AYURVEDIC CONCEPTS OF HEALTH AND ILLNESS

By editor - 27.9 2018

Ayurveda, or “the science of life,” is heavily influenced by the Sankhya school of philosophy, most notably through the concepts of purusa (pure consciousness) and prakrti (nature or materiality) (Mishra 482; Rodrigues 123). In this model, prakrti creates all materiality out of her three qualities, or gunas (Gopinath 105; Rodrigues 123):

Sattva, which is bright and pure,
Rajas, which is mobile and stimulating,
Tamas, which is heavy and dull.

The gunas recombine in various proportions to form the 23 elements that make up the manifest universe (Rodrigues 123). Important to concepts of physiology in Ayurveda are the five gross elements (mahabhutas), which combine to form the body’s 7 dhatus (tissues) and 3 dosas (humors) (Prioreschi 238; Rodrigues 124). It is the equilibrium between the dhatus, dosas, and their waste products, malas, which determines good health, while stress to this equilibrium causes disease.

Pancabhutas

Dated back to the Vedas, the pancabhuta (five elements) theory suggests that all matter is composed of the five mahabhutas – prthvi, ap, tejas, vayu, and akasa (Prioreschi 238; Subbarayappa 12).Although often understood in terms of the Greek elements of earth, water, fire, air, and ether, respectively, to do so is to diminish the meaning of the Sanskrit word (Subbarayappa 12):

Prthvi gives mass, roughness, inertia and density, and is associated with smell and the nose.
Ap gives fluidity, viscosity, coldness and softness, and is associated with taste and the tongue.
Tejas gives hotness, dryness, sharpness, and courage, and is associated with colour and the eyes.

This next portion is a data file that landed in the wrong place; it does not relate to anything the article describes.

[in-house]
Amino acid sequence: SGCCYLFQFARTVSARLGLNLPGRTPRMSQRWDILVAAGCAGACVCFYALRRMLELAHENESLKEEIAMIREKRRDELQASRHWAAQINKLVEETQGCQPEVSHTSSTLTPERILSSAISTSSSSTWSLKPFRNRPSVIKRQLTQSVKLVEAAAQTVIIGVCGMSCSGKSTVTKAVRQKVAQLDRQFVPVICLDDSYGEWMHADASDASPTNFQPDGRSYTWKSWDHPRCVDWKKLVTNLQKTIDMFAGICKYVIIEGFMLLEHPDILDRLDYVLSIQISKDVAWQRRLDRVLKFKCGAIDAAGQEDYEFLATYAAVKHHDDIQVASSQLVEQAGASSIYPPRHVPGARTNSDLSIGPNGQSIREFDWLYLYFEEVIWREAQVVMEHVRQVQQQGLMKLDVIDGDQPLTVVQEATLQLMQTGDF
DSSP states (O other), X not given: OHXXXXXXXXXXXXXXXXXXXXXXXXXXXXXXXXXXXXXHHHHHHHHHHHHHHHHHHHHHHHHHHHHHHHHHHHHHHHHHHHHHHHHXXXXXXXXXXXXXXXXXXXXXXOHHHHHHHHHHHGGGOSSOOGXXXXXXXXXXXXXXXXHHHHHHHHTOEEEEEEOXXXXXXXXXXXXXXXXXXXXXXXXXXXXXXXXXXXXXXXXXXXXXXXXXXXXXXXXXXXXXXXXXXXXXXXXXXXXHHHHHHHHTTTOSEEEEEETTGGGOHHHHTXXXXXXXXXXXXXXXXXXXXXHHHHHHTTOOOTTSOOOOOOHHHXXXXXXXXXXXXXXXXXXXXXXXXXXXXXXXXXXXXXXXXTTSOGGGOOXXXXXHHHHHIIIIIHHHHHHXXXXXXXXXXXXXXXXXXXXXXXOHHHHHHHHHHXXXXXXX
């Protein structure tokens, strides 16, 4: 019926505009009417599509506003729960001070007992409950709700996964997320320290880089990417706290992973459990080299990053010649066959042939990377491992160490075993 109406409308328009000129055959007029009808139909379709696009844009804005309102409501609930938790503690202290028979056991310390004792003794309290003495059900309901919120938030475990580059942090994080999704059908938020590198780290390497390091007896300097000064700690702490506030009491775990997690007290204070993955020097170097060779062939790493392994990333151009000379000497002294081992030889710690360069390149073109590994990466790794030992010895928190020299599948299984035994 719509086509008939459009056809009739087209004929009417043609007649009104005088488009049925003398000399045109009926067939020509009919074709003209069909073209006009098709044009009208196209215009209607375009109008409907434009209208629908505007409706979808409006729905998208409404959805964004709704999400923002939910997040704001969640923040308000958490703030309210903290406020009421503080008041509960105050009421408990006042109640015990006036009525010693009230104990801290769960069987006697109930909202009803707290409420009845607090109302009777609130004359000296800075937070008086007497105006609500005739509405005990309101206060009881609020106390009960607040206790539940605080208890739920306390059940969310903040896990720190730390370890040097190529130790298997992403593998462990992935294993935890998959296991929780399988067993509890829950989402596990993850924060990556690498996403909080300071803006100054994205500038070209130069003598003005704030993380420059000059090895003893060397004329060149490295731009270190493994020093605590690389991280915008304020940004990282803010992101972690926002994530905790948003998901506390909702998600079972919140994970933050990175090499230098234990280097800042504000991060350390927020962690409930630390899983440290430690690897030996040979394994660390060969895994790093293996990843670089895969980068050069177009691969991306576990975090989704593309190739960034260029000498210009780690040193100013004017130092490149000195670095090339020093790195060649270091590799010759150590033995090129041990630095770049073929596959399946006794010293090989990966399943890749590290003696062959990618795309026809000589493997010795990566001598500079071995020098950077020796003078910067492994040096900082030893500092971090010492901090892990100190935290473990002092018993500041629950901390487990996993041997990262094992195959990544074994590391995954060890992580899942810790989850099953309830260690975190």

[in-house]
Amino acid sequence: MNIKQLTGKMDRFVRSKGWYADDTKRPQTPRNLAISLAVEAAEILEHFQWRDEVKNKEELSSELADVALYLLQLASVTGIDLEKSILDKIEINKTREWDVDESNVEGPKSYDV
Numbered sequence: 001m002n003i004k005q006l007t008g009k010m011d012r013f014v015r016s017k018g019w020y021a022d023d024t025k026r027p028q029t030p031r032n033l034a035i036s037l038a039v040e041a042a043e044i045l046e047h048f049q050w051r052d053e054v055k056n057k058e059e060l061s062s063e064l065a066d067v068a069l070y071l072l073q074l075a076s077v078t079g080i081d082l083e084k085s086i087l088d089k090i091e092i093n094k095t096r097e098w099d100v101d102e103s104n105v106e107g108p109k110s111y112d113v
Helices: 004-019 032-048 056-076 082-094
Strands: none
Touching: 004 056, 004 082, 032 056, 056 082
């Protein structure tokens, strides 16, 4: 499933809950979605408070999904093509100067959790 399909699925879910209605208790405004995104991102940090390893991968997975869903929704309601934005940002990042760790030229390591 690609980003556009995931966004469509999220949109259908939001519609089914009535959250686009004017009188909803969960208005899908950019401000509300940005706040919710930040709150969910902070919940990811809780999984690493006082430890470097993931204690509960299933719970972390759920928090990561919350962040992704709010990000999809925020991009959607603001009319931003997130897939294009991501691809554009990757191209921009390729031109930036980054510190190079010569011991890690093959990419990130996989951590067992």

Vayu gives movement, pulsations, and the sense of lightness, and is associated with touch and the skin.
Akasa, which should not be equated with Ether, is an omnipresent element giving space. It is mainly associated with sound and the ears.

Interestingly, even at their most pure, each element also has the others present in it, but in smaller proportions. The interaction between these elements is the basis for the formation of the physical and physiological body (Gopinath 99 – 100).

Dhatus

The 7 permanent tissues (dhatus) that make up an organism are each composed of all five mahabhutas, but in different proportions. The dhatus include rasa (the essence of digested food, basically lymph and chyle), rakta (blood, which is rasa coloured red), mamsa (flesh), meda (fat), asthi (bone), majja (bone marrow), and sukra (reproductive essence, or sperm) (I.P. Singh 121; Prioreschi 256; Vir 414).

Tri-dosa/tri-dhatu

While the physical body is composed of the 7 dhatus, its physiological functioning depends on the 3 dosas, or troubles (Prioreschi 259). Each person has two sources of dosas. The first is inherited, and is termed dosa prakrti (R.H. Singh, 131). This represents the individual’s normal proportion of the dosas, which also determines the physical, physiological and mental characteristics of that person (Gopinath 80; I.P. Singh 120). Physical characteristics include strength, eating and bowel habits, and skin, hair and eye colour (Gopinath 80). While dosa prakrti does not change over time, the dosas obtained from food do fluctuate, depending on the type of food ingested, as well as the climate, geography, age and emotional state of the individual (I. P. Singh, 120). The three dosas are vata (wind), pitta (bile), and kapha (phlegm),but again, our translations do not carry the full meaning of these words, and a more descriptive explanation is necessary (Subbarayappa 17).